Jessica Habie spent her early career documenting the relationship between art and social change. As an independent filmmaker, she focused mostly on stories of war, genocide, and human rights abuses in the Middle East. Her feature film Mars at Sunrise (2014) starred Golden Globe-winning actor Ali Suliman, her short film Mandatory Service (2008) won Best Documentary Short at the Tribeca Film Festival and her documentary Meet Me Out of the Siege (2008) won at the Cannes Short Film Corner.

“I was just about to do it again. Tell another experimental, sad story about men trying to kill each other, when I had full-body “NO.” I want to do something different,” she recalls from her Berkeley studio. “I want to tell stories about something positive. I want to tell women’s stories. I want to look at stories of pleasure.”

Pleasure and the body’s ability to heal through pleasure is something that Habie has grappled with since she was first diagnosed with breast cancer at age 29. A year after she underwent a double mastectomy operation at age 34, Habie found herself studying at the Somatica Institute for Sex and Relationship Coaching.

The Somatica Method was created by Danielle Harel, Ph.D. and Celeste Hirschman MA. They created Somatica to fill a gap in the fields of therapy and adult sexuality education. It is an experiential and relational coaching method that helps people transform their emotional and erotic connections. Through mutually vulnerable practice, Somatica Coaches help their clients overcome shame, embrace their desires, heal attachment wounds, and have extraordinary sex and relationships.

“I finally made it to the Somatica Training because I wanted to work with women who were survivors of breast cancer and to use the Somatica method to help these women get back into their bodies. But, as the first training started, I realized there was a much bigger story to be told. It just opened up in front of me! This is a TV show.”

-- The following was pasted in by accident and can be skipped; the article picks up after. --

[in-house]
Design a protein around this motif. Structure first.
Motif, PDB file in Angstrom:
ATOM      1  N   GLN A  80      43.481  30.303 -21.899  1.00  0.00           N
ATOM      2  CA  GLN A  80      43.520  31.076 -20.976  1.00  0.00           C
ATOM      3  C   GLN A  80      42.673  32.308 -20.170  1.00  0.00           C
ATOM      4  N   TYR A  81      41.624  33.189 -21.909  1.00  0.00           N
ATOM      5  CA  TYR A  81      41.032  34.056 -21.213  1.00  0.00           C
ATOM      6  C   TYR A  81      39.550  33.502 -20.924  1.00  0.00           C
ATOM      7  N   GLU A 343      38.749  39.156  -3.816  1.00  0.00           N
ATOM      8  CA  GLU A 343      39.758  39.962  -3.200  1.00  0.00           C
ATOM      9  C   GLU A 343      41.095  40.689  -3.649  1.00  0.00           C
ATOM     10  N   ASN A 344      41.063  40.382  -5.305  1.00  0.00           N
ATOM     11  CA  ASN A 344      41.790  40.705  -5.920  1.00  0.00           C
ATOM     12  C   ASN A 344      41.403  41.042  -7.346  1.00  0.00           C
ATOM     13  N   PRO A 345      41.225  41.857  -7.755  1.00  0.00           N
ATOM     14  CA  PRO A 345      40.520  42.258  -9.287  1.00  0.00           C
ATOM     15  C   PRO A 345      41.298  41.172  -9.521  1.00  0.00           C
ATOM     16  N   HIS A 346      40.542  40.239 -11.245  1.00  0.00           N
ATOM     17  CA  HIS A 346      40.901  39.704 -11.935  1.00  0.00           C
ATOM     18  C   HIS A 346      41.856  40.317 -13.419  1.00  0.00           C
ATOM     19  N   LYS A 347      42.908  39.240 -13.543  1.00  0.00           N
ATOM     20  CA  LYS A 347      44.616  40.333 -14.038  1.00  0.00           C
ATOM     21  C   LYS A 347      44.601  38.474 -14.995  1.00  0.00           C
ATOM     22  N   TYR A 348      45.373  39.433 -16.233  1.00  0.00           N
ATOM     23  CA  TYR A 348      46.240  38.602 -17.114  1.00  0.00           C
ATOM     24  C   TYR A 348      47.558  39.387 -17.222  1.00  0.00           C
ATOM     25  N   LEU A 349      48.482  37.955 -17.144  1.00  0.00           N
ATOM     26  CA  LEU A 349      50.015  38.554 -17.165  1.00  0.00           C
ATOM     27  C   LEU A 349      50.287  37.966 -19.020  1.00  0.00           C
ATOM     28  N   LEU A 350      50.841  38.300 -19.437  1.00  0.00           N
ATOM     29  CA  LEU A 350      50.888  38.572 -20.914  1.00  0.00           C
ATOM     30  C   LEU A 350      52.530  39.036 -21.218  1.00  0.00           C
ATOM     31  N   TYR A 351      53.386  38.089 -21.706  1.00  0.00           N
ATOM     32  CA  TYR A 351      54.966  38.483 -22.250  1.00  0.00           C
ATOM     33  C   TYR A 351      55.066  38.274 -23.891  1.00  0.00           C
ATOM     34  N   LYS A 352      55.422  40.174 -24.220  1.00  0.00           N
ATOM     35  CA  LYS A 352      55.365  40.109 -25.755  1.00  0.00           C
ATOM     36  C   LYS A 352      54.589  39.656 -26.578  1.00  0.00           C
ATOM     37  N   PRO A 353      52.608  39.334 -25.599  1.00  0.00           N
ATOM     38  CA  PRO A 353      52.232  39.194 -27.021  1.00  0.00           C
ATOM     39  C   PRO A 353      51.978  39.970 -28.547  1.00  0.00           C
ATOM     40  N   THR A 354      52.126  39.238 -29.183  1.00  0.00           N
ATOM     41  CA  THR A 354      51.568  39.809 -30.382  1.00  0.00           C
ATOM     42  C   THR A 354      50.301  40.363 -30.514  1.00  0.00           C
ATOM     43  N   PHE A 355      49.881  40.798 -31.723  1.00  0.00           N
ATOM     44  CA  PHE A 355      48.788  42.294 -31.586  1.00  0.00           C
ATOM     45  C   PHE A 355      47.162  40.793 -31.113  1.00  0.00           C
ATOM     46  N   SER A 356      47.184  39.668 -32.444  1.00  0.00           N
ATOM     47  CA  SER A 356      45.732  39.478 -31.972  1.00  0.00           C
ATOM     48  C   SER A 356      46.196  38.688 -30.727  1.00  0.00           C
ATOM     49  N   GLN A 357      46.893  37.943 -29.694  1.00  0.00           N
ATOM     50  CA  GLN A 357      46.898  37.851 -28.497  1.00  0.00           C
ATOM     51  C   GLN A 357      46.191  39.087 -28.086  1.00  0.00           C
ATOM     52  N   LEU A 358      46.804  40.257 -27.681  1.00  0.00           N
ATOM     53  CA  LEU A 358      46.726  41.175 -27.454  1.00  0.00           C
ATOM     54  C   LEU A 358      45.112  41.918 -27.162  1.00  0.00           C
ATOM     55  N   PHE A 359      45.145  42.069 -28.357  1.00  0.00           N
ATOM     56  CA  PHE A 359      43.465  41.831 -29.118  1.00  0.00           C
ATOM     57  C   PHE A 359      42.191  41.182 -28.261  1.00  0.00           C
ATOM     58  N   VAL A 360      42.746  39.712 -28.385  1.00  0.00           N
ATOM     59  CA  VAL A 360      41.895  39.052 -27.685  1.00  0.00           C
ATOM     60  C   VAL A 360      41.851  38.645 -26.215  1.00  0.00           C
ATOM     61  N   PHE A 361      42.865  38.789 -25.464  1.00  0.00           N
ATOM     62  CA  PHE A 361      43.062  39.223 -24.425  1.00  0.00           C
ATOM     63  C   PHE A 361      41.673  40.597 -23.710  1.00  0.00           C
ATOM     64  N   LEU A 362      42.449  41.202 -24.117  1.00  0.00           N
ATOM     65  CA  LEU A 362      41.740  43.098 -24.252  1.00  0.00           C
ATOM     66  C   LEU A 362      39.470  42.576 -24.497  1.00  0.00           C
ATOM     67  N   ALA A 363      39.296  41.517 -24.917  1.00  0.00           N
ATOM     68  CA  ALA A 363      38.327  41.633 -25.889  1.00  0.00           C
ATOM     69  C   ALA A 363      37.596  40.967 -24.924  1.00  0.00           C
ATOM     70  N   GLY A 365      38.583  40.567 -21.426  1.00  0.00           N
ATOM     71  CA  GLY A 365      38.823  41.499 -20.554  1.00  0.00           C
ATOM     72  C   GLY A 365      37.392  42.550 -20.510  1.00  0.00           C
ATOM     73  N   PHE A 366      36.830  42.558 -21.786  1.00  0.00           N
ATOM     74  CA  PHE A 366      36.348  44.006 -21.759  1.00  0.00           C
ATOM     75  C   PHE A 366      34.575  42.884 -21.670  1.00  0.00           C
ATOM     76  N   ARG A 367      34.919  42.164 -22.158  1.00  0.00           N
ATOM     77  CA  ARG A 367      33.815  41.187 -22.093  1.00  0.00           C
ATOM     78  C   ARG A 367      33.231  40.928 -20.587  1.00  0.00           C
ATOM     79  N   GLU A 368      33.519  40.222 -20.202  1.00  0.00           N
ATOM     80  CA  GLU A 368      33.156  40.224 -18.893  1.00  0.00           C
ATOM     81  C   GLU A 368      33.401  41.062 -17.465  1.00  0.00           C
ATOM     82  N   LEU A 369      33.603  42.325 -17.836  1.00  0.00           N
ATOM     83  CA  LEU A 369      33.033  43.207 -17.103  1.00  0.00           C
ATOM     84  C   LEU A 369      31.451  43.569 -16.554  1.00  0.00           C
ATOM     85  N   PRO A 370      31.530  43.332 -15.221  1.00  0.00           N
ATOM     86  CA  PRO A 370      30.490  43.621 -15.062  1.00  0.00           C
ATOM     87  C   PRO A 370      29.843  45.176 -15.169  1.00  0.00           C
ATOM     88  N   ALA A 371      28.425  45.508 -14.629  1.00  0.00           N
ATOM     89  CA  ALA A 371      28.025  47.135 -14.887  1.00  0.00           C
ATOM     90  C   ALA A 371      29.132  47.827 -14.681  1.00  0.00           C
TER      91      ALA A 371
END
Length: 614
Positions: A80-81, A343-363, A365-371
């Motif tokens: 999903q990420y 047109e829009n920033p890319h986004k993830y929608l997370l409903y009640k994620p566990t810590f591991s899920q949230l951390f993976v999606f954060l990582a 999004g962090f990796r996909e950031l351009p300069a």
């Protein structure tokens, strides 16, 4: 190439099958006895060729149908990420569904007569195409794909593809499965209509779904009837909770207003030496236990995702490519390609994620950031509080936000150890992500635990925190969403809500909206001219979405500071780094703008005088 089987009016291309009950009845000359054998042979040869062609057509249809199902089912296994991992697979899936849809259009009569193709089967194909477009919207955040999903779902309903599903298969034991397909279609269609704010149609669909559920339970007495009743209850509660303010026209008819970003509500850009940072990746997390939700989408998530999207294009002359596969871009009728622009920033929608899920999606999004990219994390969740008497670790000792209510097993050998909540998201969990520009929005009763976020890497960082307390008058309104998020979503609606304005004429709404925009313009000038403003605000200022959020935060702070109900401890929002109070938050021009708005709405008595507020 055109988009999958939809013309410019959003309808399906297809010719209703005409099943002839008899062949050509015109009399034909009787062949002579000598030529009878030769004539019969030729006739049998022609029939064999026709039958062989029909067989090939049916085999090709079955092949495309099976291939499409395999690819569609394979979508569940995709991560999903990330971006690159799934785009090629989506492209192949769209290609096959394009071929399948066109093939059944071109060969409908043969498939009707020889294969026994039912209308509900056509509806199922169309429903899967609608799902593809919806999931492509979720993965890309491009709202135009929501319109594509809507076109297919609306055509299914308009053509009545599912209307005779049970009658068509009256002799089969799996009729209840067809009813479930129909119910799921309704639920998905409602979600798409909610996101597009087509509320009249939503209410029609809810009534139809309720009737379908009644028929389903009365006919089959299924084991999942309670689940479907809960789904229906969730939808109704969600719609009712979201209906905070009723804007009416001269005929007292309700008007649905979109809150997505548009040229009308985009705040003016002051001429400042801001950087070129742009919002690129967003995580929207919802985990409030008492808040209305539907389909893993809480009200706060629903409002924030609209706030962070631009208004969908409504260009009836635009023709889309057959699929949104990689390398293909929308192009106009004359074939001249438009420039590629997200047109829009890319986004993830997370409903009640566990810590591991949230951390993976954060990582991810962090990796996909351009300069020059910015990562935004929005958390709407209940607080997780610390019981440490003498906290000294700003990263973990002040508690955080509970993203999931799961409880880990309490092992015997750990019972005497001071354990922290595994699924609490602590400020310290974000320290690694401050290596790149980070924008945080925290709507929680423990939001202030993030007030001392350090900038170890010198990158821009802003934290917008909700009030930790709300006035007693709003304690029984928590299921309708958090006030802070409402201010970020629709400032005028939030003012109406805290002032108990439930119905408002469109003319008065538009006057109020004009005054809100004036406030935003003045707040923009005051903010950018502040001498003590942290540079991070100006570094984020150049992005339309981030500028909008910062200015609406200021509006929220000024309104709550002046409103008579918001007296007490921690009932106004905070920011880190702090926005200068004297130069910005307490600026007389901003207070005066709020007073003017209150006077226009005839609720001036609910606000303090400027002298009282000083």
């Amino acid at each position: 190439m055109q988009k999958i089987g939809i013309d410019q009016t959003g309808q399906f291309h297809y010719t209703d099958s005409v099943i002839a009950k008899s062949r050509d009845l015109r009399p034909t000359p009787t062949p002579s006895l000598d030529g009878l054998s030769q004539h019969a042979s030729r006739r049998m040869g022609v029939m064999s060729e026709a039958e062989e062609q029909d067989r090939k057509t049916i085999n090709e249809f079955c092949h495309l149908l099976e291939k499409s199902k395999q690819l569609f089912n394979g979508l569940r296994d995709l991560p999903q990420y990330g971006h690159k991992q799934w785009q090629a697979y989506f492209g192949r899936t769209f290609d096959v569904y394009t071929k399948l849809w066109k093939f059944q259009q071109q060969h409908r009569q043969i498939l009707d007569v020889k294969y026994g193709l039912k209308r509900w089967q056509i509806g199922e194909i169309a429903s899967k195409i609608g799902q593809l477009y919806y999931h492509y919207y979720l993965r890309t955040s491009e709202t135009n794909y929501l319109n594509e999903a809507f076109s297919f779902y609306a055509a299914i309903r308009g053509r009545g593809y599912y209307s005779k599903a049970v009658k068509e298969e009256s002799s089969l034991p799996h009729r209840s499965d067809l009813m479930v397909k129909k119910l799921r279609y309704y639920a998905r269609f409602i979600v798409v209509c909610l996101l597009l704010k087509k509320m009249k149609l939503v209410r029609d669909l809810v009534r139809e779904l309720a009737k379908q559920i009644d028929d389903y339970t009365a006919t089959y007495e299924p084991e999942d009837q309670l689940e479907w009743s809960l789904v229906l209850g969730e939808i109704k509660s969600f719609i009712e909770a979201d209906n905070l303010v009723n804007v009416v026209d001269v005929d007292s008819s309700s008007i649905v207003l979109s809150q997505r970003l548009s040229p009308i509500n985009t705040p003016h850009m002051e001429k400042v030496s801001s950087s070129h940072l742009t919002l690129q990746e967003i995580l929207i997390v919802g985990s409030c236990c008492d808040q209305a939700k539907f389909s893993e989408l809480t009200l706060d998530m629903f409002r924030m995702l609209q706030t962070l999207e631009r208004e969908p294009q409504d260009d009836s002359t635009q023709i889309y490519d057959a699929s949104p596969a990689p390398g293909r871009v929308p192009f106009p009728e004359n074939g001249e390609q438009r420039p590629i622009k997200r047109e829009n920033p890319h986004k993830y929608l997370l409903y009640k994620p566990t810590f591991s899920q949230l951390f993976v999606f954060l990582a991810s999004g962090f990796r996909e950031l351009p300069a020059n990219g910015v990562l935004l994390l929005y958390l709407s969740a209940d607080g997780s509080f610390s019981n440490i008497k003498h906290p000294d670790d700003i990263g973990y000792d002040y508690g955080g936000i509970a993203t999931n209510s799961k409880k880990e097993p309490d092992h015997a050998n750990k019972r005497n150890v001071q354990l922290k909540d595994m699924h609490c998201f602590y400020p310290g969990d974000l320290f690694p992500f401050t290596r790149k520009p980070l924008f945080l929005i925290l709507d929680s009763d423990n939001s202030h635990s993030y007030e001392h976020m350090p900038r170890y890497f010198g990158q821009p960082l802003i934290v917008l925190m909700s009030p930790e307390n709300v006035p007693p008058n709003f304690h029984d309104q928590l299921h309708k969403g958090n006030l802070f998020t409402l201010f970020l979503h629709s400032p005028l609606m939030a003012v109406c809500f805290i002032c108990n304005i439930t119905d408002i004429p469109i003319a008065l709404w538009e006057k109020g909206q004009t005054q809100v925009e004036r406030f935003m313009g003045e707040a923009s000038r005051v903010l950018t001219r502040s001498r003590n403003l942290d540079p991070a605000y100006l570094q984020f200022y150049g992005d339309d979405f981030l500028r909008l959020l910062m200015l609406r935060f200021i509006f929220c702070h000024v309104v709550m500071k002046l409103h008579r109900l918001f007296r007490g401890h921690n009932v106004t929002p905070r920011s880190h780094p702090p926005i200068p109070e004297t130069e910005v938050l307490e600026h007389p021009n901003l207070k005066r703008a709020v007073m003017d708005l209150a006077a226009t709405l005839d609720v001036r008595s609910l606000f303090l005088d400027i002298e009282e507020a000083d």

Jessica Habie (center) with Somatica Institute founders Danielle Harel, Ph.D (left) and Celeste Hirschman, MA. The trio has worked on the series pilot together for two years.

Habie, who has participated in the Somatica Core Training twice, sees the method as a map toward transformation and revolution. “It just blew my mind — the connections being made between sexual empowerment and social change, sexual expression and politics, erotic freedom and liberation.”

She conceived of a fictional workplace drama, titled Here She Comes, where the office is a sex coaching practice, relationships open and close, and desire takes center stage. There’s plenty of humor, too. At the helm are two female experiential sex coaches, Emma and Rene, whose personal lives are as colorful and complex as the clients they serve. Their mission: to liberate the nation from shame and kickstart the next sexual revolution.

Here She Comes is part procedural, part character drama, with each episode centered on an individual’s or a couple’s story.

“I want to show people going into this deep self-awareness work and coming out of it with stronger relationships and more resilient families while triumphing over shame and fear,” says Habie. “We need to dream up stories that are big enough to show the potential of this work. I want to see it go global!”

Here She Comes aspires to be incredibly entertaining, exceptionally educational, and wildly erotic.

While developing Here She Comes, Habie and her producing partner Z, also created the documentary series Somatica Sessions, showing Celeste and Danielle’s’ actual one-on-one Somatica sex coaching sessions. Somatica Sessions offers a behind the scenes look at the real life work of sex coaches, and offers a window into the inspiration for Here She Comes.

“Somatica gave me a language to speak about my own sexual story. And that has been a very powerful journey to take as a mother, as an artist, and as a writer. I want to bring those teachings to living rooms around the country and create a world in which going to see a sex coach has no more stigma than going to see a personal trainer.”

“There is a need for this imagery in the world now,” she says. “Both Here She Comes and Somatica Sessions offer timely perspectives on sex and relationships. Both projects have the potential to change the way we think and talk about sex in America.”

Get Turned On with Here She Comes

Here She Comes goes into production Spring of 2020! Help us reach our funding goals by donating today.